A third of us are actively trying to encourage wildlife into our gardens — an increase of more than 30 per cent compared with four years ago, according to research by the Horticultural Trades Association (HTA).

More products targeted at the wild bird market are available in garden centres and we can choose feeding regimes which will attract birds that we most want to see in our gardens, says the HTA, the trade association for the UK garden industry.

Indeed, some 62 per cent of us now regularly feed the birds in our garden and nearly a quarter provide nesting and breeding habitats.

But birds are not the only wildlife we can look after during the winter months and beyond.

By making leafy habitats and cosy corners, we will provide shelter for small animals who need to hibernate uninterrupted and for beneficial insects who will stop the nuisances such as aphids in their tracks.

Leave stones laid over hollows for toads, newts and even slow worms, as well as centipedes which prey on slugs. Pile up a few logs, which don’t need to be massive, in a quiet, shady spot and soon stag beetles, spiders and bees will be making a home out of this damp log cabin.

Log piles may also be housing slugs and snails, which in turn will attract blackbirds and wood mice looking for a meal, while hedgehogs may also forage for insects and slugs.

Try not to make your garden too tidy if you want to provide shelter for wildlife. Areas of long grass and piles of leaves, stones and twigs provide shelter for many beneficial insects and small mammals. Always check carefully for signs of life by gently turning over autumn bonfires before igniting them.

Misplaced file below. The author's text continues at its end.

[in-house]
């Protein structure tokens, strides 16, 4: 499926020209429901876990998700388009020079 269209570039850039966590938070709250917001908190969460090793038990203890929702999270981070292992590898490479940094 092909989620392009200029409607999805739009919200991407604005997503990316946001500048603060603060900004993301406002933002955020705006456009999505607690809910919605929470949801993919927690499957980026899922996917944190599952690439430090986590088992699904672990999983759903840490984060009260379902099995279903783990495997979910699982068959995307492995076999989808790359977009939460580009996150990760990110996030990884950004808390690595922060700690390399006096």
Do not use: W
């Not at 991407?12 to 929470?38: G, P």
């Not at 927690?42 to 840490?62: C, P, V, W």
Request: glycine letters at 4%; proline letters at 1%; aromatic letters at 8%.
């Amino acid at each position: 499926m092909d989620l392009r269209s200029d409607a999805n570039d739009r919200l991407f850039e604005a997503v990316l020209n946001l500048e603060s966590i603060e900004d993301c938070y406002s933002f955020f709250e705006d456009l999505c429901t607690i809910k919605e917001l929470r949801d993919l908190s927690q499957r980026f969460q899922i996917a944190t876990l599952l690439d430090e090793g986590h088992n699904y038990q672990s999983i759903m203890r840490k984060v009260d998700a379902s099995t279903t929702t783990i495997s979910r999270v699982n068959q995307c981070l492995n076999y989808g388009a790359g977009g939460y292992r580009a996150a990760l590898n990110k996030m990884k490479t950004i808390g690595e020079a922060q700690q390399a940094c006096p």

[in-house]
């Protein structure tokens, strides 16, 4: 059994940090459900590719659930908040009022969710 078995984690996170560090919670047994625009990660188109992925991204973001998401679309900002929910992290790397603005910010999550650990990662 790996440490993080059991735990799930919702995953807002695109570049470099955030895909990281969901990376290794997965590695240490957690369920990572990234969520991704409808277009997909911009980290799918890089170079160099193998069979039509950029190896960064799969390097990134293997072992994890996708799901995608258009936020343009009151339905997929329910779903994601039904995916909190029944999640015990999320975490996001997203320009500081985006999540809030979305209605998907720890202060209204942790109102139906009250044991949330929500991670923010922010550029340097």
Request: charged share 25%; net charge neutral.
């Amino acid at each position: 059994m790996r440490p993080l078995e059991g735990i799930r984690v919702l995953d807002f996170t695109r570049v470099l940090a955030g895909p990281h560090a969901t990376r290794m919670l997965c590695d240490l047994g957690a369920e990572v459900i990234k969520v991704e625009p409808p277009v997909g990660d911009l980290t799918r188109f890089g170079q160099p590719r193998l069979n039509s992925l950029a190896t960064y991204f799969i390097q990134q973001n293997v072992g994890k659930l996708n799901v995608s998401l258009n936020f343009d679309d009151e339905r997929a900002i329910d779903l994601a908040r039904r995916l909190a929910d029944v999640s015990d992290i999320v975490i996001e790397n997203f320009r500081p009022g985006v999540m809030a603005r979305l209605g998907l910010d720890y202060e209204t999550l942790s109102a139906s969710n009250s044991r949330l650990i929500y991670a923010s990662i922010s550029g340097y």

Ladybirds gather in large clusters to overwinter on dead plant stems, particularly in more sheltered parts of the garden. Helping them through winter will mean fewer aphids in late spring, when ladybird larvae begin to eat them.

There’s a wide variety of foods available which attract different species of bird to your garden. Robins and blackbirds love plump, juicy mealworms which will provide a good source of protein, fat and valuable moisture.

Seed mixes are full of nutritional value and are eagerly consumed by most species. Straight seeds such as sunflower hearts are the first choice for many birds and black sunflowers are enjoyed by chaffinches, greenfinches, sparrows and tits. Nyjer seeds are nirvana for goldfinches and siskins.

Keeping bird feeders and baths well stocked all winter will not only help the birds but also encourages them to explore other nooks and crannies in your garden, where overwintering slugs, caterpillars and other larvae are waiting to be eaten.

Avoid cutting hedges until the end of winter to provide valuable shelter for birds and give them more time to eat the berries and wait until March to cut back ivy growing up walls and fences, so the berries will be available to birds and the foliage can provide a foraging shelter for insect-eaters such as tits.